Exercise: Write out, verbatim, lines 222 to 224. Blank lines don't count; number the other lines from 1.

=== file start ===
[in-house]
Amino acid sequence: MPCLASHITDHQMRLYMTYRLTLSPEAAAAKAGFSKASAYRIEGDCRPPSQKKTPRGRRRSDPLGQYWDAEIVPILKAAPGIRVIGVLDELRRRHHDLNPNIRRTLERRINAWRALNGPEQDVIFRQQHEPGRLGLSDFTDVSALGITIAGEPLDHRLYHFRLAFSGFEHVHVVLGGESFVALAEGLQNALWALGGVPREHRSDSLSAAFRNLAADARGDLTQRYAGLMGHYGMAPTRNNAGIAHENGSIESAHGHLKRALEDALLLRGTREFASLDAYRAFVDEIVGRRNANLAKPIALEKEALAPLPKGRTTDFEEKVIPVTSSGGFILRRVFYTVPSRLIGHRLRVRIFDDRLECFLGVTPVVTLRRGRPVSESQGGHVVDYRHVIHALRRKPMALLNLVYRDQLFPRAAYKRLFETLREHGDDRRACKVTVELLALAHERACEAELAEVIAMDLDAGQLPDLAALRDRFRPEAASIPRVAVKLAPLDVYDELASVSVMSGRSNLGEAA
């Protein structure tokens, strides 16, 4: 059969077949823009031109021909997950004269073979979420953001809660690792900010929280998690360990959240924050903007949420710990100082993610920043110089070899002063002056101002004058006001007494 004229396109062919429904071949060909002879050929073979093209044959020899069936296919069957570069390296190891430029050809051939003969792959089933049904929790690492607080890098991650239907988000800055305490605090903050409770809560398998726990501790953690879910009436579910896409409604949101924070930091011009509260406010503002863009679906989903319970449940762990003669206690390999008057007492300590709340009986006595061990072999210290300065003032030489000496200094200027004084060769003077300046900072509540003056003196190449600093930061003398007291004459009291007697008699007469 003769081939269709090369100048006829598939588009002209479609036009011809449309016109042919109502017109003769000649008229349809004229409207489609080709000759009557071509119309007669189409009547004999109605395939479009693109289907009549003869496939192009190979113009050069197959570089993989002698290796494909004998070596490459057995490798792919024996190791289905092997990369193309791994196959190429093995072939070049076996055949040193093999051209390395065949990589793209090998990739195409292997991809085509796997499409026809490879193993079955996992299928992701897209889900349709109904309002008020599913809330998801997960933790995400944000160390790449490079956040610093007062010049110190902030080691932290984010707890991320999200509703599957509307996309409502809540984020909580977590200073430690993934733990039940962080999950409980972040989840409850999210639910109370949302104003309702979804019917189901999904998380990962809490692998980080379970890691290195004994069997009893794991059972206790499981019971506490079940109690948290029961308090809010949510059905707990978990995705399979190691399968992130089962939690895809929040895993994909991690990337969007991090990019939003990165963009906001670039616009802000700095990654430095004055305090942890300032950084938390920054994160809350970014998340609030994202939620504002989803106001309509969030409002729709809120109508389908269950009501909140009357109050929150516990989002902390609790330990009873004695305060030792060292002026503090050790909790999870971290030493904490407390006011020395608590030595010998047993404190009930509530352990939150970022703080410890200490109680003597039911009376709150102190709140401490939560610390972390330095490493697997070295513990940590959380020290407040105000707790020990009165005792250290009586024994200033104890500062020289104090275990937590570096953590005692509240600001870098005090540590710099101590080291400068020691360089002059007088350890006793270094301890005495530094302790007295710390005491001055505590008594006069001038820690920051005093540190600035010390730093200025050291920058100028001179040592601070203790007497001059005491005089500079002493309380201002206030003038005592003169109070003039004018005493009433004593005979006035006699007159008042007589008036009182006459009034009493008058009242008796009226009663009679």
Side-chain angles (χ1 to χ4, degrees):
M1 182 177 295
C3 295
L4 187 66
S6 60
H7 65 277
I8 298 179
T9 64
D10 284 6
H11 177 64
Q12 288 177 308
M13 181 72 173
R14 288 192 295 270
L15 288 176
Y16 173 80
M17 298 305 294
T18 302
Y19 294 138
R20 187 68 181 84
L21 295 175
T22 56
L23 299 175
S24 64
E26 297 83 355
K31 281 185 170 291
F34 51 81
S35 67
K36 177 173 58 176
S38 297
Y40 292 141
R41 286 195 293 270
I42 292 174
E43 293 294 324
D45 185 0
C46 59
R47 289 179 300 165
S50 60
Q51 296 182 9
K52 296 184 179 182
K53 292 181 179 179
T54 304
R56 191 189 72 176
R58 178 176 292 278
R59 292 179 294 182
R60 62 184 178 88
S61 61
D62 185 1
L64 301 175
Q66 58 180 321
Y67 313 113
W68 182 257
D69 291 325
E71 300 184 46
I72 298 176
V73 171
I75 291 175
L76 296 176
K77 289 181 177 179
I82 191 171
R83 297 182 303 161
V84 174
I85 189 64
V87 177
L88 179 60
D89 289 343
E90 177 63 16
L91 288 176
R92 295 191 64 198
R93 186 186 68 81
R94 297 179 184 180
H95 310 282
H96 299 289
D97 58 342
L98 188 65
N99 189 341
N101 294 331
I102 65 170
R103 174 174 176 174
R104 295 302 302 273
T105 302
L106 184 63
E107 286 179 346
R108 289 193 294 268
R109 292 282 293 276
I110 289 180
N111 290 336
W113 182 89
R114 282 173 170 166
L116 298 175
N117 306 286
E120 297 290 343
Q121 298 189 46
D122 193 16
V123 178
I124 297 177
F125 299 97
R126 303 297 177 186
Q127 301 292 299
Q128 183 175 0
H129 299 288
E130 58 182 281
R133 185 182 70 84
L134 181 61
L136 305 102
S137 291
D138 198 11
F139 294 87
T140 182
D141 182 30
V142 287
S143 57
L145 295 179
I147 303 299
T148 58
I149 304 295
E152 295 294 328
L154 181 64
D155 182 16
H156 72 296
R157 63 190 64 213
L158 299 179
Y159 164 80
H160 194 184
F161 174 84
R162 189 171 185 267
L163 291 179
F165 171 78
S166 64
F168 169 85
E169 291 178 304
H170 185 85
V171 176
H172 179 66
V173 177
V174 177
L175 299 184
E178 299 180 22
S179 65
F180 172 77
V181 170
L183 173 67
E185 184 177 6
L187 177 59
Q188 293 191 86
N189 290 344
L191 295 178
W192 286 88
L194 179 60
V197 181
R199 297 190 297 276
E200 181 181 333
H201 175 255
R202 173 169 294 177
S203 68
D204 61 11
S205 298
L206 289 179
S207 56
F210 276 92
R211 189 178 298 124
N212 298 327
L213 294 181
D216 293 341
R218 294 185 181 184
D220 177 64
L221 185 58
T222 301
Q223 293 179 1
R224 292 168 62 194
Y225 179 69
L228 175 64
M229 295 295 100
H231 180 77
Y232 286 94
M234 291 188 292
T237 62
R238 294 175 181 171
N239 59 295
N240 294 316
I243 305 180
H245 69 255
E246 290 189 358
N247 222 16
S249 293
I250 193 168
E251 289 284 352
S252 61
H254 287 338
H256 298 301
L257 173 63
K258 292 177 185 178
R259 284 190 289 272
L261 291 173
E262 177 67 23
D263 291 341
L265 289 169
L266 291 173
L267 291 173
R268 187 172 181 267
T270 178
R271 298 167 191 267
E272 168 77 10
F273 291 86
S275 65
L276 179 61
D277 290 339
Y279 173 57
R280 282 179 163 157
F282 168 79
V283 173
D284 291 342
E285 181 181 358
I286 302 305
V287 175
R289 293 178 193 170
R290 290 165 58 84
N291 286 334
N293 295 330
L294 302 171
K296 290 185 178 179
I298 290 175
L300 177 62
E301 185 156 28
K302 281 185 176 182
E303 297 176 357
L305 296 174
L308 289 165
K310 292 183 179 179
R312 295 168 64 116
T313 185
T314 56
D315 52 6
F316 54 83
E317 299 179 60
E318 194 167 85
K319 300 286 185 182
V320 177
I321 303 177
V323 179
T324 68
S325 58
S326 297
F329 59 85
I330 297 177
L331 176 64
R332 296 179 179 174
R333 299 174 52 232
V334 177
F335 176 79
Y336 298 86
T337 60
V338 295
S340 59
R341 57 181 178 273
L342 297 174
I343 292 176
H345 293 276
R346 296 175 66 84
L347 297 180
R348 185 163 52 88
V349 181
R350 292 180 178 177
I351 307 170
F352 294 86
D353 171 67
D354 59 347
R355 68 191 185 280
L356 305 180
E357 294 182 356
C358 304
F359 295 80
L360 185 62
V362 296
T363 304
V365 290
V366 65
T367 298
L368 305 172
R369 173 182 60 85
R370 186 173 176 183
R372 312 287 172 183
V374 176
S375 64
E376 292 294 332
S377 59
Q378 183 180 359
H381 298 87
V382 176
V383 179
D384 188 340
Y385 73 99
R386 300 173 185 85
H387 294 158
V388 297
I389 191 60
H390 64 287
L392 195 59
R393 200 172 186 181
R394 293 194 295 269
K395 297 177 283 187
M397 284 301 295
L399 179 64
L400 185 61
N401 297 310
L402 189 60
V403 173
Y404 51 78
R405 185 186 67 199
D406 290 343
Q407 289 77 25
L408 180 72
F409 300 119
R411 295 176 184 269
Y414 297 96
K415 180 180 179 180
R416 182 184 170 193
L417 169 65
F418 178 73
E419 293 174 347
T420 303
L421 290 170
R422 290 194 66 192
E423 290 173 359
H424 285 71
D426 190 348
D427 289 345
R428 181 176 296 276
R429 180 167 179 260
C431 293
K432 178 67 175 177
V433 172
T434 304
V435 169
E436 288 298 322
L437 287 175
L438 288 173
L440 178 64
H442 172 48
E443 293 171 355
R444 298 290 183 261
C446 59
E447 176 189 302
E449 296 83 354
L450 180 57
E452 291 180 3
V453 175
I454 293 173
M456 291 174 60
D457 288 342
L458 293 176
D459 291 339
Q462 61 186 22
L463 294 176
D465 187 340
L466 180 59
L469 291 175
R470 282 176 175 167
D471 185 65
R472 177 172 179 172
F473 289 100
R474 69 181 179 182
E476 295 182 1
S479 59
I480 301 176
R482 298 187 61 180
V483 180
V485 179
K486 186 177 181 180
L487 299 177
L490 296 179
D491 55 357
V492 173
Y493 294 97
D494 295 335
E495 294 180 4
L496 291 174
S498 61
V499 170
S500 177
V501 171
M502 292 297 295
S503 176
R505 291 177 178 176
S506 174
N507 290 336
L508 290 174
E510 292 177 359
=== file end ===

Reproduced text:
L294 302 171
K296 290 185 178 179
I298 290 175